\$\endgroup\$
18
  • \$\begingroup\$ Can we assume that the program halts when the processor finishes executing the written code, for a machine code entry? \$\endgroup\$
    – lirtosiast
    Nov 3 '15 at 16:58
  • 3
    \$\begingroup\$ Assuming any behaviour is fine for all invalid inputs? \$\endgroup\$
    – Cruncher
    Nov 3 '15 at 17:33
  • 3
    \$\begingroup\$ @Cruncher Yes, the only inputs you should expect to get are 0 and 1. \$\endgroup\$ Nov 3 '15 at 17:38
  • 4
    \$\begingroup\$ Catalog is borked. \$\endgroup\$ Nov 6 '15 at 15:18
  • 2
    \$\begingroup\$ Catalog appears to consider Bf and bf to be different languages. \$\endgroup\$ Nov 10 '15 at 1:13

436 Answers 436

1
11 12 13 14
15
0
\$\begingroup\$

Pinecone, 41 bytes

n:"".input;n="1"?(tru@print:1)|(print:0)
\$\endgroup\$
0
\$\begingroup\$

CSASM v2.3.1, 54 bytes

func main:
in ""
conv i32
.lbl a
dup
dup
print
brtrue a
ret
end

Explanation:

func main:
    ; Get the input and convert it to an integer
    in ""
    conv i32

    .lbl a
        ; Duplicate the input twice
        ; Both the "print" and "brtrue" instructions pop a value from the stack
        ;   so this is necessary to keep a 1 on the stack when looping
        dup
        dup
        print

        ; Truthy values are a non-zero integer or a non-null object
        brtrue a
    ret
end
\$\endgroup\$
0
\$\begingroup\$

CASL II, 72 bytes.

Tested here.

A START
 IN B,1
D OUT B,1
 LAD GR1,48
 XOR GR1,B
 JNZ D
 RET
B DS 1
 END

If you are familiar with assembly languages, you would get it well. It uses standard i/o. It uses ASCII-compatible encoding.

\$\endgroup\$
2
  • \$\begingroup\$ It's stupid that START requires a label. \$\endgroup\$ May 5 at 5:20
  • \$\begingroup\$ Also it's buggy because 1 in IN B,1 and OUT B,1 is an address rather than a literal; maybe buffer overflow may occur when assembled. However, wherever the assembled code starts from, it seemed that those two macros are assembled using LAD command: actually not problem, at least on this emulator. \$\endgroup\$ May 6 at 7:09
0
\$\begingroup\$

Pxem, 0 bytes (content) + 13 bytes (filename).

Filename is:

._.c.n.w1.o.a

Try it online!

As verbose pseudocode

push numeircal integer input
dup
unless empty: printf "%d", $(pop)
while one of
  1. empty
  2. $(pop) != 0
do
  push "1", a character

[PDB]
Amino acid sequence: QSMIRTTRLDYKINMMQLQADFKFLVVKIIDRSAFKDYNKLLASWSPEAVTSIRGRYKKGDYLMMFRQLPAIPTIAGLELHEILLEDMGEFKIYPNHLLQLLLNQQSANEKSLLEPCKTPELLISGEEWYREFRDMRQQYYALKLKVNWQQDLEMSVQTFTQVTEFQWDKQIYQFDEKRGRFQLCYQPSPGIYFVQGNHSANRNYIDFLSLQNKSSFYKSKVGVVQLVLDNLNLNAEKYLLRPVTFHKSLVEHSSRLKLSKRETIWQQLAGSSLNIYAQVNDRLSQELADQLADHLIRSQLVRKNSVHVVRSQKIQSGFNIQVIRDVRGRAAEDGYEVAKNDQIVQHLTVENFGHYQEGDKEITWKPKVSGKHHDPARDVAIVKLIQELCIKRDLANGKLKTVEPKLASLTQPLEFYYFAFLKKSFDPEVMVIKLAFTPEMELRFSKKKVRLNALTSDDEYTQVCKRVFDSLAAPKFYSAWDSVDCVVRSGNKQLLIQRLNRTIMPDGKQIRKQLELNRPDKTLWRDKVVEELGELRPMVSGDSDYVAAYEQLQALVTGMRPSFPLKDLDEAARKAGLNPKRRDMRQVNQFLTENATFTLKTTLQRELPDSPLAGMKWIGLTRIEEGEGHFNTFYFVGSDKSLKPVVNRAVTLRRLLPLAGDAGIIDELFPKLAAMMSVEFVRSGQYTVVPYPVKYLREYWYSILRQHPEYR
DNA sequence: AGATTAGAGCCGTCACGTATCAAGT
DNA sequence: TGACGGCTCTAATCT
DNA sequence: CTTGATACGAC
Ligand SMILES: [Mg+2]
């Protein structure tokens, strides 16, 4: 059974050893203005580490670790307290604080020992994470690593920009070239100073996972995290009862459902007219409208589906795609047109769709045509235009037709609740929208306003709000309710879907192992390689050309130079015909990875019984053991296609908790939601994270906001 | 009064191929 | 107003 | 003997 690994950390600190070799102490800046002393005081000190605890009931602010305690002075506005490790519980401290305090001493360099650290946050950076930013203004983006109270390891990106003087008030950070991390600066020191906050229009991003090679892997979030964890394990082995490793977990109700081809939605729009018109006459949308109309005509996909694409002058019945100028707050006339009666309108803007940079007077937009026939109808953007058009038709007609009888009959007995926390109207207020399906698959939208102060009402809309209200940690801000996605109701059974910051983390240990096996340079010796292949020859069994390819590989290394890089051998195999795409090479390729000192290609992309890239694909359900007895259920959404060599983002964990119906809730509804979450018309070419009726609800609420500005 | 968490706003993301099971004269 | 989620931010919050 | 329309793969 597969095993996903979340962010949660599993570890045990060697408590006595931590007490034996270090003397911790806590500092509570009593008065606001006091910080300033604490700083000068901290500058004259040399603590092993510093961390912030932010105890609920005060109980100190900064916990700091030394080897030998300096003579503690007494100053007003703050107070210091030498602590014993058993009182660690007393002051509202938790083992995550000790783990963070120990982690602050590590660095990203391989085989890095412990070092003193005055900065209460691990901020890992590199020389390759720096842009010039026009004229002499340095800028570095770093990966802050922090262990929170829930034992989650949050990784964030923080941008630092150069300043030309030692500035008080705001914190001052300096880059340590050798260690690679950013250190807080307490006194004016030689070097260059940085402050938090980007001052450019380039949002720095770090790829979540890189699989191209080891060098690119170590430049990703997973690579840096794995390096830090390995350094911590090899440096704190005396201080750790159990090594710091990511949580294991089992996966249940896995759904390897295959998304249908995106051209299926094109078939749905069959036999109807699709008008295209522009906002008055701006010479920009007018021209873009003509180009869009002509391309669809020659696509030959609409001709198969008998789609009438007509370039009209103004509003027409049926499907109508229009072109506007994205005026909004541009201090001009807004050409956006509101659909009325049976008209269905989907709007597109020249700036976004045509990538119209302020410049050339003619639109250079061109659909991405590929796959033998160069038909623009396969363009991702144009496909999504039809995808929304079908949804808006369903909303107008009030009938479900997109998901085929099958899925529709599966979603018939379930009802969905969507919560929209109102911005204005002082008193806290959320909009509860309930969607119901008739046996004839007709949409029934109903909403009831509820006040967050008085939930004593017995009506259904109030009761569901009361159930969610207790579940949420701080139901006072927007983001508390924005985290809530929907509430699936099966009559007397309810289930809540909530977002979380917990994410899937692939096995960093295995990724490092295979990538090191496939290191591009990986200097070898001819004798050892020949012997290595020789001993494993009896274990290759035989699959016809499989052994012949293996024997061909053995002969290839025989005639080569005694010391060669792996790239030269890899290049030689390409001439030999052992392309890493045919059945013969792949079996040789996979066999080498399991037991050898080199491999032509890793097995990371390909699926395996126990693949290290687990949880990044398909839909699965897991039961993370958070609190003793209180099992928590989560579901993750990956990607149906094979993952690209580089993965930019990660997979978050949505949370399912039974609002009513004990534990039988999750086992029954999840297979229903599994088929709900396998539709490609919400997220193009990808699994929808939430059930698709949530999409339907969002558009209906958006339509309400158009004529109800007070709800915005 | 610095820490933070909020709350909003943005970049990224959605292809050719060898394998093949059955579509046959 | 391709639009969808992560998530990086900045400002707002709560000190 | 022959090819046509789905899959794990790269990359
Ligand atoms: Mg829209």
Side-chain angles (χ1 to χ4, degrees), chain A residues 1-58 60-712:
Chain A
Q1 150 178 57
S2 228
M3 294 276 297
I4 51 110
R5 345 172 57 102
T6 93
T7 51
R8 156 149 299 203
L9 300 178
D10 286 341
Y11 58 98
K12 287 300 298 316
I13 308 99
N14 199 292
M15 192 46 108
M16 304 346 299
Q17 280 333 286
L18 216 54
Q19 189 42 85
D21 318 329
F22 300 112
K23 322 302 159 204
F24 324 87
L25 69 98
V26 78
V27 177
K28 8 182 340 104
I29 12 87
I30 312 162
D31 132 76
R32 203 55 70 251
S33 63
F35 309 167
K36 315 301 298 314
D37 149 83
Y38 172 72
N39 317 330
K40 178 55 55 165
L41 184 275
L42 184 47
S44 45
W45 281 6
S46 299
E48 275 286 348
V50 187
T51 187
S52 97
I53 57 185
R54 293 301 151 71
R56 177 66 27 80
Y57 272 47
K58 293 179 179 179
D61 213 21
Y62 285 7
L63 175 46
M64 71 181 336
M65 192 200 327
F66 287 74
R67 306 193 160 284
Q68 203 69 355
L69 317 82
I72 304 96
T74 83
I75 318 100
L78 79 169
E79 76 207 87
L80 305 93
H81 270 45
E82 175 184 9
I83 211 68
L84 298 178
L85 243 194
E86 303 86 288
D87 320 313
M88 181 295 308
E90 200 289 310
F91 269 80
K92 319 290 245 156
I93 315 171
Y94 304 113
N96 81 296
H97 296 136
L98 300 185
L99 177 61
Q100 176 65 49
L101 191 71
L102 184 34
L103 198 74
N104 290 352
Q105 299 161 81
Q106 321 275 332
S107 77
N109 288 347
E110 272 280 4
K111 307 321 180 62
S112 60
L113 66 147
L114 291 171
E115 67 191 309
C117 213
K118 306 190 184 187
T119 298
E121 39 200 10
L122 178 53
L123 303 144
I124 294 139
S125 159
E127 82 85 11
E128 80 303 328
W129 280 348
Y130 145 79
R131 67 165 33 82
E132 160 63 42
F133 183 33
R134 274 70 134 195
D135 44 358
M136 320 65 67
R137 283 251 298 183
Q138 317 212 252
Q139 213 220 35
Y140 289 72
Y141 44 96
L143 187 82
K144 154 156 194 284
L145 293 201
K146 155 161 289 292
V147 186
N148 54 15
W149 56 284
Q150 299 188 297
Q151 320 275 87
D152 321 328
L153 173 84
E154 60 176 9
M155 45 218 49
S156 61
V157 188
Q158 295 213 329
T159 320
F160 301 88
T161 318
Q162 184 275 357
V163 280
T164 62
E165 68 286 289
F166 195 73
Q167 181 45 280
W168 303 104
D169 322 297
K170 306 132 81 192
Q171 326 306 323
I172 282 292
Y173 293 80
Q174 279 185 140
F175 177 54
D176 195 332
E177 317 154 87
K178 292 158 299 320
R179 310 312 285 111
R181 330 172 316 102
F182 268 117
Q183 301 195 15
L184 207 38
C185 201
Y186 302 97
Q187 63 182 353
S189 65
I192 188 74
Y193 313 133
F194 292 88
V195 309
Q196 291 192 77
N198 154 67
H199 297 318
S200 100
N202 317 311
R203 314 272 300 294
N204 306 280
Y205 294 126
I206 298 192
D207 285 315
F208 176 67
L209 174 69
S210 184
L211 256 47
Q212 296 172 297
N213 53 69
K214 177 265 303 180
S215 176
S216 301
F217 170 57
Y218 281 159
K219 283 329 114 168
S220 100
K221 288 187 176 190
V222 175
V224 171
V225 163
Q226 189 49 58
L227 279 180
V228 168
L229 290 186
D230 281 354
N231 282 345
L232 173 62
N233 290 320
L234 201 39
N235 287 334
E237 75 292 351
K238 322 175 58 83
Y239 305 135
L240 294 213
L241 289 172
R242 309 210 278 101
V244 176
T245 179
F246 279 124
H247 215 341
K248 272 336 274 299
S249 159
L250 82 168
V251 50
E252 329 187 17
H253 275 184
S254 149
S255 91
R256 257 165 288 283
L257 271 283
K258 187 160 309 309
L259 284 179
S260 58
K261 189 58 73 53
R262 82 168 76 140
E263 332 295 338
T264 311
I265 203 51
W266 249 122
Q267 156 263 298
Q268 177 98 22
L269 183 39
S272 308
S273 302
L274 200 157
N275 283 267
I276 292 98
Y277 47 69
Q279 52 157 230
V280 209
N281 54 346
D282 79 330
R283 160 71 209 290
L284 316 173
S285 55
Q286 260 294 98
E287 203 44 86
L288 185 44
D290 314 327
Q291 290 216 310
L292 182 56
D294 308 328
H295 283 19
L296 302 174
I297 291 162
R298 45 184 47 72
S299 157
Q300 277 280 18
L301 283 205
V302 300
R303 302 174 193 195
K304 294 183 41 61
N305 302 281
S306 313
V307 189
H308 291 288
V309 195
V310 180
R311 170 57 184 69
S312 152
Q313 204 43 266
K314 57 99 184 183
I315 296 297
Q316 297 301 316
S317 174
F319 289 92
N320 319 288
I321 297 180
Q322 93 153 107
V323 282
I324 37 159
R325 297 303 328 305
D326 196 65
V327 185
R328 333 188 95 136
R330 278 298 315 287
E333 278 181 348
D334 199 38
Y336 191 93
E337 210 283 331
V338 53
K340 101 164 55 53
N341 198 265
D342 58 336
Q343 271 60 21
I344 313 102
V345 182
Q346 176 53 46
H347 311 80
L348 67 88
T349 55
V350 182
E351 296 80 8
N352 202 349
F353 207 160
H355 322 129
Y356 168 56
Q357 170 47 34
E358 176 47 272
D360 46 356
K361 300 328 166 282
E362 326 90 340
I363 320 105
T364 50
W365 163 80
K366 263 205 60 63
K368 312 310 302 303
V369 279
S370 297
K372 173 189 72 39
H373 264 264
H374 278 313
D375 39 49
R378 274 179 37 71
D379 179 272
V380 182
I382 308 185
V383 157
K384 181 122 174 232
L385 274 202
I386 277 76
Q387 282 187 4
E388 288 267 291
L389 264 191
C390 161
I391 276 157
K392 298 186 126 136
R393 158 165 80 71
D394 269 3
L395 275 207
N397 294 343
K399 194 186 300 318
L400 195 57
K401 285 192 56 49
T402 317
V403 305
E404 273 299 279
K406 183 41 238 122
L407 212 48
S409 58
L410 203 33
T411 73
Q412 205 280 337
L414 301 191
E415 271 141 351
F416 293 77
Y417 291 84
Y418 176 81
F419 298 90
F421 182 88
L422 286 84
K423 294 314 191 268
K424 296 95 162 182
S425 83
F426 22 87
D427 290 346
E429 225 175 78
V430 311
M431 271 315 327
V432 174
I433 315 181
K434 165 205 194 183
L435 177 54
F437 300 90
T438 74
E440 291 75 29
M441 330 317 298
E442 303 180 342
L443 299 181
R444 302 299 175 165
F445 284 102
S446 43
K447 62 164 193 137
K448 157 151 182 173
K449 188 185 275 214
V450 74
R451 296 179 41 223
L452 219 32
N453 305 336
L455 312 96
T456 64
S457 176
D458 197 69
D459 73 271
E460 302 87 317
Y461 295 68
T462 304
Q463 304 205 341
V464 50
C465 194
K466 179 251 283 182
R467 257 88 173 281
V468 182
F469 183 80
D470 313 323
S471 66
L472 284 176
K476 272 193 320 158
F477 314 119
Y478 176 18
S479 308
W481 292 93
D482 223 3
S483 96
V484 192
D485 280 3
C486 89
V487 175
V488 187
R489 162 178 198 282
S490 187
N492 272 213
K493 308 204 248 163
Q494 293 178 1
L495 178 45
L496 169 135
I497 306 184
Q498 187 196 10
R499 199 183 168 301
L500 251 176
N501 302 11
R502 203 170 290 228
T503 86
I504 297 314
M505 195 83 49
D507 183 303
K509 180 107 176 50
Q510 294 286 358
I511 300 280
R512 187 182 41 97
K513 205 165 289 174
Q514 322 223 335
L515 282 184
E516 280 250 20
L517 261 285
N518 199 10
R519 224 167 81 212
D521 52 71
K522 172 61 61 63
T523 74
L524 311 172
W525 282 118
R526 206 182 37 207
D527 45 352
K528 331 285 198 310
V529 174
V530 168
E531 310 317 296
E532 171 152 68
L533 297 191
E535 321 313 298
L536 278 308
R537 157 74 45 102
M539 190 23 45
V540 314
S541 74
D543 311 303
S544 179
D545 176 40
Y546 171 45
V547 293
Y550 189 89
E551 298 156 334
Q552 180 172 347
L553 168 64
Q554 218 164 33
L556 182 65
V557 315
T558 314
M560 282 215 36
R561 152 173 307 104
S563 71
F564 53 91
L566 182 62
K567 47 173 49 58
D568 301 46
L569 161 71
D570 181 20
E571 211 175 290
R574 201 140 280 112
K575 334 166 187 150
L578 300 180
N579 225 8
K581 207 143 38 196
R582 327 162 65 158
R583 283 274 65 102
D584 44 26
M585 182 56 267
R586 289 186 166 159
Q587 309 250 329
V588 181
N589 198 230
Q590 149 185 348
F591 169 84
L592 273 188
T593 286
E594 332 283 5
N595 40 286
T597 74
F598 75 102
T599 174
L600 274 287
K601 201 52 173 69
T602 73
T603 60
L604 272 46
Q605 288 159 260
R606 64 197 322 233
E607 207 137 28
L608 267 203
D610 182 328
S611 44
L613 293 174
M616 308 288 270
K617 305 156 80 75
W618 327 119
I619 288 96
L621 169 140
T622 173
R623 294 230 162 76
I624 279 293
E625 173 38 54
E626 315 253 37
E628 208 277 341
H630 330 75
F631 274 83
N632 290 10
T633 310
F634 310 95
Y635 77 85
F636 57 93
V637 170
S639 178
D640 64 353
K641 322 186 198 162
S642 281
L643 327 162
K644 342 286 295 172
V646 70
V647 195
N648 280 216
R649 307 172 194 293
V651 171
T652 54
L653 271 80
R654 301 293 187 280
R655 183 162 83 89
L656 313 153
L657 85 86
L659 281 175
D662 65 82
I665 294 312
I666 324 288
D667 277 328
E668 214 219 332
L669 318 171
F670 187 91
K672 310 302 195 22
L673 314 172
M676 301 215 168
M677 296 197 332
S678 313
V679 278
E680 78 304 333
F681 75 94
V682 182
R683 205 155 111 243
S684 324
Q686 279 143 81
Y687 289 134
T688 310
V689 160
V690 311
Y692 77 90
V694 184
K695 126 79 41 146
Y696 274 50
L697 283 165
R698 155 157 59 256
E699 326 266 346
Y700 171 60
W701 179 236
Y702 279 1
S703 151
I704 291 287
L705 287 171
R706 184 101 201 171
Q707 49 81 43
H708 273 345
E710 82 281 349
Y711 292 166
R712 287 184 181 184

unless empty: printf "%c", $(pop)
done
\$\endgroup\$
0
\$\begingroup\$

Duocentehexaquinquagesimal, 2 bytes

Try it online! Takes input as a character, and outputs in unary using characters.

\$\endgroup\$
0
\$\begingroup\$

Subleq (8-bit), 15 bytes

-1 15   3
15 16   6
15 -1 -48
16  8  -1
15  8   6

Explanation

  • 0: -1 15 3 Input character to 15:, goto 3
  • 3: 15 16 6 16: = 16: - 15: (16: = -15), goto 6
  • 6: 15 -1 -48 Output 15: (-48 is unused in instruction and used for memory)
  • 9: 16 8 -1 8: = 8: - 16: , if 8: <= 0 exit; exit for all characters "0" and before
  • 12: 15 8 6 8: = 8: - 15: (back to -48), if 8: <= 0 goto 6
\$\endgroup\$
0
\$\begingroup\$

Knight, 13 11 bytes

New method with suggestions from the language's author:

I+0P W1O1O0

Try it online!

# Read a string, coerce to number by adding 0, and check if non-zero
: IF (+ 0 PROMPT) {
    # if it was non-zero, loop printing 1 forever
    : WHILE 1 {
        : OUTPUT 1
    }
    # else output 0 and exit.
    {
        : OUTPUT 0
    }

Old version which I wrote on my own:

;=wP;W+0wO1O0

There are a few ways to do this. Decided this way because of a certain theme.

Ungolfed version:

# Read string into input
; = input PROMPT
# Coerce input to a number by adding 0, and loop while not 0
; WHILE (+ 0 input) {
    # Output 1 and a new line
    : OUTPUT 1
    # this is an infinite loop
}
# Otherwise, output 0 and a new line, and quit
: OUTPUT 0

If we allow excess newlines, this is an arguably superior program:

;=wP;W+0wOwOw

However, this prints two new lines because PROMPT includes the trailing newline. 😔

\$\endgroup\$
0
\$\begingroup\$

Barrel, 10 bytes

This makes use of the fact that the input will be only 0 or 1:

λn?a:#∞n

Explanation:

λ        // input into the accumulator
 n       // print the accumulator
  ? :    // if-else statement (auto-closes to '?a:#∞n::')
   a     // if the accumulator evaluates to truthy (i.e. non-zero)...
     #∞  // ...loop forever...
       n // ...implicitly print the accumulator...
         // ...else do nothing

In other news, I really should make a custom charmap for barrel. With a custom charmap, I could shave off 3 bytes.

\$\endgroup\$
0
\$\begingroup\$

Ocaml, 46 bytes

let a=read_int()in while print_int a;a=1 do 0

urk the functions name and the control flow takes a lot of chars. The trick since there is no do-while is to put the print directly in the condition (sometime ago when I did that in a course lab, the teach called me a "connoisseur of monstrosities" (approx tl))

The 0 in the end causes a warning, so you need to disable werror.

\$\endgroup\$
0
\$\begingroup\$

sed, 13 bytes

:l;s/1/1/p;tl

Try it online!

\$\endgroup\$
0
\$\begingroup\$

Squire, 47 bytes

x=inquire()whence l proclaim(x+" ")if"0"!=x{l:}

Whilst some languages have a goto keyword, Squire useth whence, the opposite. One might call it a comefrom. Squire also containeth a normal loop with whilst, but alas, it is impossible to useth this without enscribing proclaim twice.

If we accompany whence with if, we can create a loop that some call do-whilst.

Ungolfeth:

# Inquire a line from ye standard input